MACHINE EMBROIDERY

Characteristics

Machine embroidery began as an imitation of hand embroidery and lace. In hand stitching the fabric is still and you move the needle. In machine embroidery the needle is still and you move the fabric. HOW TO TELL THE DIFFERENCE BETWEEN MACHINE AND HAND EMBROIDERY Evenness and consistency of stitching Stitches are all connected forming a continuous line Bobbin thread noticeable at the back of work Consistent and repetitive thread carry-overs at back of work Threads generally finer Starting and finishing techniques.

History

 

In 1755, Charles Weisenthal patented a double pointed needle which potentially could be applied to mechanical sewing. However, the development of mechanical sewing machines appears to have started in earnest in the early 1800s. Elias Howe invented a two-thread lockstitch machine in 1845 and in 1851 Isaac Singer patented the first sewing machine intended for home use.

The Singer Sewing Machine Company did a great deal to develop and popularise machine embroidery in the late 19th and early 20th C. The Singer London Embroidery Department (the Singer Workroom) was established in 1889 to pioneer machine embroidery. Until 1913, the Workroom used mainly domestic straight stitch treadle machines. Embroidery was worked on clothes, lingerie, and household items such as cushions, curtains and table linen. Workroom staff became highly skilled at producing intricate embroidery using only straight stitch.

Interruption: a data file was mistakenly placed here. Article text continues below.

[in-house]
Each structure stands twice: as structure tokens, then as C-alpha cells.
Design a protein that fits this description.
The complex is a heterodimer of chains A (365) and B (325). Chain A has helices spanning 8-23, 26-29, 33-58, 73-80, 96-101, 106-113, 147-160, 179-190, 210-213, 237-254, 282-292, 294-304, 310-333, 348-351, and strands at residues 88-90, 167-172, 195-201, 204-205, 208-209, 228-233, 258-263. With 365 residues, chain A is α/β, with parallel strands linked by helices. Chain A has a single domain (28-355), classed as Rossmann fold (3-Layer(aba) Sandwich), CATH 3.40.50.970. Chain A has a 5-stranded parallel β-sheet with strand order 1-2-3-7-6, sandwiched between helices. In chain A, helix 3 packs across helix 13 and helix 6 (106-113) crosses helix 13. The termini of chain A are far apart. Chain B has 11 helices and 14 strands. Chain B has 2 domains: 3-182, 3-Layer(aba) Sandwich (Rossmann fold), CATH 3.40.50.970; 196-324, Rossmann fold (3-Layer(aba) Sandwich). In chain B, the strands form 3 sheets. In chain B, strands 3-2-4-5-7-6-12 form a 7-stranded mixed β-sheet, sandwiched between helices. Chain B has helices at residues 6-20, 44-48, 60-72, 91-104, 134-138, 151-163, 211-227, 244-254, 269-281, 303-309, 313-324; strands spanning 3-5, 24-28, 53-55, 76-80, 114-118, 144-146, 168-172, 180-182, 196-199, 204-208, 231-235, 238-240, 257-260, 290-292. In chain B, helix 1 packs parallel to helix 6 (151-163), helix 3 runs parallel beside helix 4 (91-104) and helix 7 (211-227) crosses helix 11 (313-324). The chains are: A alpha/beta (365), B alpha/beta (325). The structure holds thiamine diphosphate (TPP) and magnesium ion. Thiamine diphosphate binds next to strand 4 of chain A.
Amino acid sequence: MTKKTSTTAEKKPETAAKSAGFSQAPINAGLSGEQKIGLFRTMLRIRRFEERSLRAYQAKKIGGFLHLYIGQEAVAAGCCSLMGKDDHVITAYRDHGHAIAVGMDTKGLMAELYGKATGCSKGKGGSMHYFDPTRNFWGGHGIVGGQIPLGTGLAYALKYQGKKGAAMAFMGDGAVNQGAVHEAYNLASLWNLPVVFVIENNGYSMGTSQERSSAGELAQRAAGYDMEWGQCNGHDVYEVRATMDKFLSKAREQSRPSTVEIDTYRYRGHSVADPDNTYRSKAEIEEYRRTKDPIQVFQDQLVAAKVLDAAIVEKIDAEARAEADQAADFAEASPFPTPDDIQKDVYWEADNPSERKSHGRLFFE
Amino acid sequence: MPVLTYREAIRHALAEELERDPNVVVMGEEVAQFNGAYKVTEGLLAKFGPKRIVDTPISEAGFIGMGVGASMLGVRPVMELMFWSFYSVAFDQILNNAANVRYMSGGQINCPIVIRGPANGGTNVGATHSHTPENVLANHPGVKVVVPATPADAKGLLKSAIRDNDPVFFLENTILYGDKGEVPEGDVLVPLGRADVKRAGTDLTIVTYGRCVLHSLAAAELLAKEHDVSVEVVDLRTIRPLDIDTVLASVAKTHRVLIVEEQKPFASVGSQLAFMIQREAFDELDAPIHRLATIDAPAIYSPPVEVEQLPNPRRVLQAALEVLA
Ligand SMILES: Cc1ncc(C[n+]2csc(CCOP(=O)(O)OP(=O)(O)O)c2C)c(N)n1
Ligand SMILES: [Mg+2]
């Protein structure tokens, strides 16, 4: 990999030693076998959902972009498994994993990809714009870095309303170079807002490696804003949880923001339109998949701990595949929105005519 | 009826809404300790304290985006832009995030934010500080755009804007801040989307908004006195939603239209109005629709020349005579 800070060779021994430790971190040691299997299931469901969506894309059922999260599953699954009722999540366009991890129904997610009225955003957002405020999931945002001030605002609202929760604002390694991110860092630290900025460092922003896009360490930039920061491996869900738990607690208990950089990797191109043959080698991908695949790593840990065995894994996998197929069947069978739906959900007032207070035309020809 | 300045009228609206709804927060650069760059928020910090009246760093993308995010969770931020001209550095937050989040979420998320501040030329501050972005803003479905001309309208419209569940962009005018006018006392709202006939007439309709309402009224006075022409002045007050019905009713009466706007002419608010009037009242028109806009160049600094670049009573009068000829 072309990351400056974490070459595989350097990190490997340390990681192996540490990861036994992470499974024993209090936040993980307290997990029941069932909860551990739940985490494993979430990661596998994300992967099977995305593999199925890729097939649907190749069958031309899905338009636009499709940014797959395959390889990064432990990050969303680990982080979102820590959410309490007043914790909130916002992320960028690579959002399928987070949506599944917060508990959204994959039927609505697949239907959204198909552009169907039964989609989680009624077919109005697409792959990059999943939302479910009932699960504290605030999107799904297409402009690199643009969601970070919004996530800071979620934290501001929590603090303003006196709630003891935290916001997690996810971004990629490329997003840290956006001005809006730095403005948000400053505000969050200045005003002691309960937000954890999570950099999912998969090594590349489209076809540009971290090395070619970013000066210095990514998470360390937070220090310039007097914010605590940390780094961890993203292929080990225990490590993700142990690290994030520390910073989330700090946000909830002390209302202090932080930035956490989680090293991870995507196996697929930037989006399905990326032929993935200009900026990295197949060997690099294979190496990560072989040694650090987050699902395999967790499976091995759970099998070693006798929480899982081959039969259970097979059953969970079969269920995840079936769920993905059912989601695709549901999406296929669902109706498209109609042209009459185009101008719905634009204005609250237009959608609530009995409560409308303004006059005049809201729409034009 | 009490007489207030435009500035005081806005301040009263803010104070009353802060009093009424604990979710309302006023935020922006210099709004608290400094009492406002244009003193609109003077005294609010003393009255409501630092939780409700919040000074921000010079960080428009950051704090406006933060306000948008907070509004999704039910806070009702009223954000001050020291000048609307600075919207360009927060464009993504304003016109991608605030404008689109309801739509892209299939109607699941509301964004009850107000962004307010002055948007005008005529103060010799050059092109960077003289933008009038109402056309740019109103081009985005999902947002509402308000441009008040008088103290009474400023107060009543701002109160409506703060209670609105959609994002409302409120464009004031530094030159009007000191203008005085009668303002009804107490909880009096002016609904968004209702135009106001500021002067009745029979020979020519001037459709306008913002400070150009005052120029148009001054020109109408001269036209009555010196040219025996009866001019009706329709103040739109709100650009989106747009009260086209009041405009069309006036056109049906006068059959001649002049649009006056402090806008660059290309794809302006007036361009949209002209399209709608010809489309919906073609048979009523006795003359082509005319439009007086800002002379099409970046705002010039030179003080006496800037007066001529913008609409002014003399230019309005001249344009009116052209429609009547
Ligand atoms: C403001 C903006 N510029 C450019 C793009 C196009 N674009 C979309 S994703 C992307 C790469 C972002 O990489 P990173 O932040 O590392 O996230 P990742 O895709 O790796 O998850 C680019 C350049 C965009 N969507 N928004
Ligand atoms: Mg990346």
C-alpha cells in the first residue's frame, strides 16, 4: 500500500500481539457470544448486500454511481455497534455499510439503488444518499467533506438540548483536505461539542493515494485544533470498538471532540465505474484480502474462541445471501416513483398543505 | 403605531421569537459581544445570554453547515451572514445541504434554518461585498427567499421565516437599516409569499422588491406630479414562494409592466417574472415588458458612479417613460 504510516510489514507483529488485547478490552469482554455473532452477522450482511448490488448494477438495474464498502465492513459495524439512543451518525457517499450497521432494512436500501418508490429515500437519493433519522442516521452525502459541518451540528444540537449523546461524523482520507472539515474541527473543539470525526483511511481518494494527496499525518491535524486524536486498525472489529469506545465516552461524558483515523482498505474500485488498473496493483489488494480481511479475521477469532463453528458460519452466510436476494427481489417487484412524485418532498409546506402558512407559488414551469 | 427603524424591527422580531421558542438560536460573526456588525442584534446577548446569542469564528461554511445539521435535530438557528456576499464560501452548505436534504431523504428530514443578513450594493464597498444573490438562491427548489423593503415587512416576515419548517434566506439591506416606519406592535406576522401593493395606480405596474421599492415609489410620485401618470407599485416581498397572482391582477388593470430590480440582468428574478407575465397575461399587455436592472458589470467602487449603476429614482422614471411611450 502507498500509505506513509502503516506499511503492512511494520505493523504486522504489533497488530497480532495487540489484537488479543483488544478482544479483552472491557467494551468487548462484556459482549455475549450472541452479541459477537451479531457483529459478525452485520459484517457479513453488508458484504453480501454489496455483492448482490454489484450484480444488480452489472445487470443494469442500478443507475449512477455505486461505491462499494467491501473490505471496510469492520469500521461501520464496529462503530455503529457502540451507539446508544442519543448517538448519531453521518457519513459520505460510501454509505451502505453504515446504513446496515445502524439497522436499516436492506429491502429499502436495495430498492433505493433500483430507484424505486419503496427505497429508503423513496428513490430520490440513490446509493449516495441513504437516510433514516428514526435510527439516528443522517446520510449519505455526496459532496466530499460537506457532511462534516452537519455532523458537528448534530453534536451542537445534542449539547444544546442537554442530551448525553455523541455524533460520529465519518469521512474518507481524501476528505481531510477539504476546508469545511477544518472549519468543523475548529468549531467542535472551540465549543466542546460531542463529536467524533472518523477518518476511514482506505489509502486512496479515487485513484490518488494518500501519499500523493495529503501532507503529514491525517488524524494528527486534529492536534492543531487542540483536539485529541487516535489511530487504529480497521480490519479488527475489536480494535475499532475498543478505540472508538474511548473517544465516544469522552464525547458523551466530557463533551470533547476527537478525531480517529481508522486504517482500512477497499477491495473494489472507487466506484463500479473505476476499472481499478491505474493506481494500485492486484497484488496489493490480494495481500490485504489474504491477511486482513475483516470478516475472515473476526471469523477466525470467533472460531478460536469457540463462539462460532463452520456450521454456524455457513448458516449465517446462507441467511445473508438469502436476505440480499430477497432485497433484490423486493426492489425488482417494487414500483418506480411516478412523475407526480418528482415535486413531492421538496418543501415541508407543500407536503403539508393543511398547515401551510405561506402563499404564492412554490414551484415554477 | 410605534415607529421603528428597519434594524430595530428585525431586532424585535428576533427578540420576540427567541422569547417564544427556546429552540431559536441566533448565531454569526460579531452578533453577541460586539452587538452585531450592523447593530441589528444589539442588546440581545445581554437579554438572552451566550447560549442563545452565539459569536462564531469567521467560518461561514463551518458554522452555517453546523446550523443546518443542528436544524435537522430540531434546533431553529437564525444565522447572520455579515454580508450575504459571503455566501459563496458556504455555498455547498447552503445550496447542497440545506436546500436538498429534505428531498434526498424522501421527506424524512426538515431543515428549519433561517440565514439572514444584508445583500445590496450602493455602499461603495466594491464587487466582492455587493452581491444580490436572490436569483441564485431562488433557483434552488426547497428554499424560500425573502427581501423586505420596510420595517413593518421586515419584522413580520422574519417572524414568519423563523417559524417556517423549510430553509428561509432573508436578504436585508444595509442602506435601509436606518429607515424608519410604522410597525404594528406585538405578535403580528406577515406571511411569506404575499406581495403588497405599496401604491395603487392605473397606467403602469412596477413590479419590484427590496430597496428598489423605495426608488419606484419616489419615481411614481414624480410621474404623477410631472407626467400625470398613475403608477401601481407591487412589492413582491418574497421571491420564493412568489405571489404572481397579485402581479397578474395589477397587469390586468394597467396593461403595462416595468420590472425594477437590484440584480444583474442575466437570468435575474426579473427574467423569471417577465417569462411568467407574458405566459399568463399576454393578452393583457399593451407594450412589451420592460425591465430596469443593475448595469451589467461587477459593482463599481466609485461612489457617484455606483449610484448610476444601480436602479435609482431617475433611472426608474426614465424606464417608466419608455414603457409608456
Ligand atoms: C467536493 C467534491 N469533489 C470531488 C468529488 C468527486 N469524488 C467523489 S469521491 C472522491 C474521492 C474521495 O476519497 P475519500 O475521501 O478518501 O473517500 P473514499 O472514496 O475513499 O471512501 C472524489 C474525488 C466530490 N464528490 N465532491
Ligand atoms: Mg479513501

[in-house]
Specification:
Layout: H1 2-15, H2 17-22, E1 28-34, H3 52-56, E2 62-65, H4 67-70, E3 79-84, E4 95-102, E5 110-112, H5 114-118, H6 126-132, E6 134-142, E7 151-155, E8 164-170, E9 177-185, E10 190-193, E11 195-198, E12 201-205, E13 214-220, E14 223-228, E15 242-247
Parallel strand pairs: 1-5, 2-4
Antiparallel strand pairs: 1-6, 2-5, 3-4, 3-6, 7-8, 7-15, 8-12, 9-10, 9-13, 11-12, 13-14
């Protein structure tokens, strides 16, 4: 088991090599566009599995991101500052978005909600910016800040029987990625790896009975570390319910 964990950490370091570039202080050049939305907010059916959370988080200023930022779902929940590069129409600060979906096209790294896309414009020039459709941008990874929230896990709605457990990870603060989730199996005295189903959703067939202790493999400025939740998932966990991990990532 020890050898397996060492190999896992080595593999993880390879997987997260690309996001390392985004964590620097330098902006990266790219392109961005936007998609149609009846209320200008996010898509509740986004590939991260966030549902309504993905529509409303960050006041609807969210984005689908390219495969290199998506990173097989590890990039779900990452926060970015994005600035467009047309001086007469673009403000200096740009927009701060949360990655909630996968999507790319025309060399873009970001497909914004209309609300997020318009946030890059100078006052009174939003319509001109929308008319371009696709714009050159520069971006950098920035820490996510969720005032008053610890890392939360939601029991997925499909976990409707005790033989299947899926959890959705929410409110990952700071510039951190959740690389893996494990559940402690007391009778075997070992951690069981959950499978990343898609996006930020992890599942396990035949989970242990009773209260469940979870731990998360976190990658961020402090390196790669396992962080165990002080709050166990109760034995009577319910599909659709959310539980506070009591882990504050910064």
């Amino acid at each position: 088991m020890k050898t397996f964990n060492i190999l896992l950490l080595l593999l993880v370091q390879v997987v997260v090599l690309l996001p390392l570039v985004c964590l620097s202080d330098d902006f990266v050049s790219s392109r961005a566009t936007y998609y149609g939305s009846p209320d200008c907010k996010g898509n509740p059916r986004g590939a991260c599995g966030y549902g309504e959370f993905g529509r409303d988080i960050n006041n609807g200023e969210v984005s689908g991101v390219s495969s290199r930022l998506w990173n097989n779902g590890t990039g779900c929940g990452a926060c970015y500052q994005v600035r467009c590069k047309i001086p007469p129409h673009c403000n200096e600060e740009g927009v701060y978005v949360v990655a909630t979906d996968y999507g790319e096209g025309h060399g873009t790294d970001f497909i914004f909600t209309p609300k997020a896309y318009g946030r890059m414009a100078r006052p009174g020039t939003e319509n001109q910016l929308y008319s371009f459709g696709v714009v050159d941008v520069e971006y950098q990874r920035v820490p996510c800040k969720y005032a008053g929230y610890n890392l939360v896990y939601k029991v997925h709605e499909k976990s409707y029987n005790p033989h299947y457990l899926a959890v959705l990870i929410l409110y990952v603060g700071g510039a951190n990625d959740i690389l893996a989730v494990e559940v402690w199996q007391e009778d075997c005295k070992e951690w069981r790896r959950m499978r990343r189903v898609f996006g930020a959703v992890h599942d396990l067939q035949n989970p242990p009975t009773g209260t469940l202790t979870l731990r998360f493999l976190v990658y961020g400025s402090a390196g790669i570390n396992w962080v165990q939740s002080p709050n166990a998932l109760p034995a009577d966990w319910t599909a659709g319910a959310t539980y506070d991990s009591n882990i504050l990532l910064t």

In 1950 a large embroidery exhibition titled ‘An Experiment in Embroidery Design’ was held in the UK in conjunction with the Arts Council. The exhibition included both hand and machine embroidery. Machine embroidery exhibits included curtains, evening bags, table mats and pictures. The exhibition was very successful and signalled the acceptance of machine embroidery as a legitimate form of artistic expression.

The development in the 1980s and 1990s of electronic and computerised machines has seen the potential of machine embroidery increase yet again. Modern machines have dozens of programmed stitches and automatic patterns that enable complex designs to be executed with little skill on the part of the embroiderer. Elaborate designs can be scanned and programmed into computerised machines making the possibilities endless. However, much creative machine embroidery requires only straight and zigzag stitches. The rest relies on the imagination and an eye for design.

References

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